where ${\displaystyle E_{\text{b}}}$ is back EMF, ${\displaystyle K_{\omega }}$ is the constant, ${\displaystyle \phi }$ is the flux, and ${\displaystyle \omega }$ is the angular velocity.

By Lenz's law, a running motor generates a back-EMF proportional to the speed. Once the motor's rotational velocity is such that the back-EMF is equal to the battery voltage (also called DC line voltage), the motor reaches its limit speed.

Motor torque constant

${\displaystyle K_{\text{T}}}$ is the torque produced divided by armature current.[10] It can be calculated from the motor velocity constant ${\displaystyle K_{\text{v}}}$.

${\displaystyle K_{\text{T}}={\frac {\tau }{I_{\text{a}}}}={\frac {60}{2\pi K_{\text{v(RPM)}}}}={\frac {1}{K_{\text{v(SI)}}}}}$

where ${\displaystyle I_{\text{a}}}$ is the armature current of the machine (SI unit: ampere). ${\displaystyle K_{\text{T}}}$ is primarily used to calculate the armature current for a given torque demand:

${\displaystyle I_{\text{a}}={\frac {\tau }{K_{\text{T}}}}}$

The SI units for the torque constant are newton metres per ampere (N·m/A). Since 1 N·m = 1 J, and 1 A = 1 C/s, then 1 N·m/A = 1 J·s/C = 1 V·s (same units as back EMF constant).

The relationship between ${\displaystyle K_{\text{T}}}$ and ${\displaystyle K_{\text{v}}}$ is not intuitive, to the point that many people simply assert that torque and ${\displaystyle K_{\text{v}}}$ are not related at all. An analogy with a hypothetical linear motor can help to convince that it is true. Suppose that a linear motor has a ${\displaystyle K_{\text{v}}}$ of 2 (m/s)/V, that is, the linear actuator generates one volt of back-EMF when moved (or driven) at a rate of 2 m/s. Conversely, ${\displaystyle s=VK_{\text{v}}}$ (${\displaystyle s}$ is speed of the linear motor, ${\displaystyle V}$ is voltage).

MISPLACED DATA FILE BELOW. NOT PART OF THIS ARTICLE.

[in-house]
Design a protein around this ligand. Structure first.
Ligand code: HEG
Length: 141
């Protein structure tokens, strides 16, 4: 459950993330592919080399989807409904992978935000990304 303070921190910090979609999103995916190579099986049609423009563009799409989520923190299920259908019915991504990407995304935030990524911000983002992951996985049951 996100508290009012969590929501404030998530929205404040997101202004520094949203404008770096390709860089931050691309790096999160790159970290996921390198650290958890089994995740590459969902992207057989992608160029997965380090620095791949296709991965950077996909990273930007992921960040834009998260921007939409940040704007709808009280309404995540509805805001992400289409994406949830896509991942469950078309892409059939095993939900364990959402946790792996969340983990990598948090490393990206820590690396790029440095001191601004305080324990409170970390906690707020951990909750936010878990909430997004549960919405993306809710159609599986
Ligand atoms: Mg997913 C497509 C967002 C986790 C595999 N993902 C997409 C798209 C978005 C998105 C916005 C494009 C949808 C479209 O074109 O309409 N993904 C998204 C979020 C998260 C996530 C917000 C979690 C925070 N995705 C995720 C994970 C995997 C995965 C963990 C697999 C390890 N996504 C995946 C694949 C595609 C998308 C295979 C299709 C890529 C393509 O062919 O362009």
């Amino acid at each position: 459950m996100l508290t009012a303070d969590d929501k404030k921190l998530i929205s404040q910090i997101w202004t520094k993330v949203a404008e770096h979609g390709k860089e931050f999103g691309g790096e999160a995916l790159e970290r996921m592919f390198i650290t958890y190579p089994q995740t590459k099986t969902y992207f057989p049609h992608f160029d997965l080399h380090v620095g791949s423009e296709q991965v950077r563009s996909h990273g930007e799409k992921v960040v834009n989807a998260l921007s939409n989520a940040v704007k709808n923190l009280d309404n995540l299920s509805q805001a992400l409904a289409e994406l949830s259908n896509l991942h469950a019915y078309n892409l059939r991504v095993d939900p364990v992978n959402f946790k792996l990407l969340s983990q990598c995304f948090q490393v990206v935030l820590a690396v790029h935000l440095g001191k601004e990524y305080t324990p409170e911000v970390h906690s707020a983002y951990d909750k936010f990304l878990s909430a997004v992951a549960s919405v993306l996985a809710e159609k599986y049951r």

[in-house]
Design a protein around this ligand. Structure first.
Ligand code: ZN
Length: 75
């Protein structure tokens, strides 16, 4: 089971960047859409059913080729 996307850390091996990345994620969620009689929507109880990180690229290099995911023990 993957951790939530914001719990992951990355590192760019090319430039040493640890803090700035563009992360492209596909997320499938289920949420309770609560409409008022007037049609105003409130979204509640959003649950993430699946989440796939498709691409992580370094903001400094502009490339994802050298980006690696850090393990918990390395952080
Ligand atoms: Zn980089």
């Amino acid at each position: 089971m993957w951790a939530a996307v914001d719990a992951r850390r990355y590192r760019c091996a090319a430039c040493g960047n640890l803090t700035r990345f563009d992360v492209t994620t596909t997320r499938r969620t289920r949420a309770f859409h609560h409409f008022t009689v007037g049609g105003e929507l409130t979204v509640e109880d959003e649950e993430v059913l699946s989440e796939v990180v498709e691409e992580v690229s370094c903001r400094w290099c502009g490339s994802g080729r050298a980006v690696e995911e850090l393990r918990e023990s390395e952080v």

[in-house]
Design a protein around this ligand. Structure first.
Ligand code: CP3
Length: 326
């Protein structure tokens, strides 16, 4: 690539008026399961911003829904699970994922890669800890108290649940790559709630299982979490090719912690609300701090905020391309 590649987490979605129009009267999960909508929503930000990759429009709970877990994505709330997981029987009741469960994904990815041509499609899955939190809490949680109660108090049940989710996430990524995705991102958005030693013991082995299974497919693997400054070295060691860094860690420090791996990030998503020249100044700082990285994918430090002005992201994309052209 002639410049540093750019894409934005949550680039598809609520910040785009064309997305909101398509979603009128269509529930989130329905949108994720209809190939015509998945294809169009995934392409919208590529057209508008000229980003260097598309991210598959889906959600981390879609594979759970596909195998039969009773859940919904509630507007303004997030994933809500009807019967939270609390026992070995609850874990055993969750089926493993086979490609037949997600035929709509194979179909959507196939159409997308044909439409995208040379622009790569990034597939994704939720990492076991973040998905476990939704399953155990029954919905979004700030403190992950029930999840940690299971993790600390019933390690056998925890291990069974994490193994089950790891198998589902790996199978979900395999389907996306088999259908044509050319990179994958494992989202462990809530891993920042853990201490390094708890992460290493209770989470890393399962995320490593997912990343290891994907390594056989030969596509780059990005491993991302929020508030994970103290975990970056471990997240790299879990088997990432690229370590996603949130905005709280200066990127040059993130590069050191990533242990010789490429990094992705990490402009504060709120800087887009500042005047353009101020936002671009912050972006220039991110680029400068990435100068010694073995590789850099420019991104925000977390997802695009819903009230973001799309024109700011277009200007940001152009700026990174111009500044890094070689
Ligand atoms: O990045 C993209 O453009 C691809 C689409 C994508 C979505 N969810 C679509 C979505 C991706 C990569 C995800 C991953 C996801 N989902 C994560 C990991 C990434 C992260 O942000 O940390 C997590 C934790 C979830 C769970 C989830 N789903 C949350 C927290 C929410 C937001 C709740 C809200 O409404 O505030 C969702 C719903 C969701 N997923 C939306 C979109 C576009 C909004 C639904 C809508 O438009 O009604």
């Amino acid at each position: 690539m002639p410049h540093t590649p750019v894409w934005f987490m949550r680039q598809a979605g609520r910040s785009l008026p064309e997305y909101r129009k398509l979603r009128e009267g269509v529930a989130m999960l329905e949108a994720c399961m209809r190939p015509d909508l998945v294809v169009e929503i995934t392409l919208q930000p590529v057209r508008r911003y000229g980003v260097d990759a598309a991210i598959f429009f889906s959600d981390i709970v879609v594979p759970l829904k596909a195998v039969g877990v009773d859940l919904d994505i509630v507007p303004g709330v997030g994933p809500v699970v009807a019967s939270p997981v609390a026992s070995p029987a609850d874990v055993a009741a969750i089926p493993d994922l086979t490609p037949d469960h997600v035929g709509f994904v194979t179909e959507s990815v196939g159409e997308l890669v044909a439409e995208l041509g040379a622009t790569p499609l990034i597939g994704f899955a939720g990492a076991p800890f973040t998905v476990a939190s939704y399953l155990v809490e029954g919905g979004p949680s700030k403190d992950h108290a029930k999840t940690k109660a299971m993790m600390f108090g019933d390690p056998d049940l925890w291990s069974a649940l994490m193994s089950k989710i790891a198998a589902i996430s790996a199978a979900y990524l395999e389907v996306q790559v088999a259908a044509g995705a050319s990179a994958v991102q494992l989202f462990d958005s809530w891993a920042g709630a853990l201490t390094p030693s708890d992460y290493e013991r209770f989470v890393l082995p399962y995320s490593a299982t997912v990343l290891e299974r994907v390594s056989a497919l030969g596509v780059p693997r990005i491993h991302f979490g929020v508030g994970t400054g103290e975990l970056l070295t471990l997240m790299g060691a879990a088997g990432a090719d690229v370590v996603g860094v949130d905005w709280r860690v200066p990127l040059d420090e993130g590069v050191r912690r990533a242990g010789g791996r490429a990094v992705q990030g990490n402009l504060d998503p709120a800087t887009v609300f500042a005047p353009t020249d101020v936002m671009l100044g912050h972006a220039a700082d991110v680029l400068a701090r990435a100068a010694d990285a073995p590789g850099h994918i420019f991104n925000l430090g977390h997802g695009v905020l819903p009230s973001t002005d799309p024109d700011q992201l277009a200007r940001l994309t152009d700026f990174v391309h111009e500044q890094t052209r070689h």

The useful power of this linear motor is ${\displaystyle P=VI}$, ${\displaystyle P}$ being the power, ${\displaystyle V}$ the useful voltage (applied voltage minus back-EMF voltage), and ${\displaystyle I}$ the current. But, since power is also equal to force multiplied by speed, the force ${\displaystyle F}$ of the linear motor is ${\displaystyle F=P/(VK_{\text{v}})}$ or ${\displaystyle F=I/K_{\text{v}}}$. The inverse relationship between force per unit current and ${\displaystyle K_{\text{v}}}$ of a linear motor has been demonstrated.

To translate this model to a rotating motor, one can simply attribute an arbitrary diameter to the motor armature e.g. 2 m and assume for simplicity that all force is applied at the outer perimeter of the rotor, giving 1 m of leverage.

Now, supposing that ${\displaystyle K_{\text{v}}}$ (angular speed per unit voltage) of the motor is 3600 rpm/V, it can be translated to "linear" by multiplying by 2π m (the perimeter of the rotor) and dividing by 60, since angular speed is per minute. This is linear ${\displaystyle K_{\text{v}}\approx 377\ ({\text{m}}/{\text{s}})/{\text{V}}}$.

Now, if this motor is fed with current of 2 A and assuming that back-EMF is exactly 2 V, it is rotating at 7200 rpm and the mechanical power is 4 W, and the force on rotor is 4/2.377 N or 0.0053 N. The torque on shaft is 0.0053 N⋅m at 2 A because of the assumed radius of the rotor (exactly 1 m). Assuming a different radius would change the linear ${\displaystyle K_{\text{v}}}$ but would not change the final torque result. To check the result, remember that ${\displaystyle P=\tau \,2\pi \,\omega /60}$.

So, a motor with ${\displaystyle K_{\text{v}}=3600{\text{ rpm}}/{\text{V}}=377{\text{ rad}}/{\text{V·s}}}$ will generate 0.00265 N⋅m of torque per ampere of current, regardless of its size or other characteristics. This is exactly the value estimated by the ${\displaystyle K_{\text{T}}}$ formula stated earlier.

References

1. ^ http://www.motioncomp.com/pdfs/Motor_Constant_Great_Equalizer.pdf
2. ^ a b c "Mystery Motor Data Sheet" (PDF), hades.mech.northwest.edu
3. ^ http://learningrc.com/motor-kv/
4. ^ "GENERAL MOTOR TERMINOLOGY" (PDF), www.smma.org
5. ^ "DC motor model with electrical and torque characteristics - Simulink", www.mathworks.co.uk
6. ^ "Technical Library > DC Motors Tutorials > Motor Calculations", www.micro-drives.com, archived from the original on 2012-04-04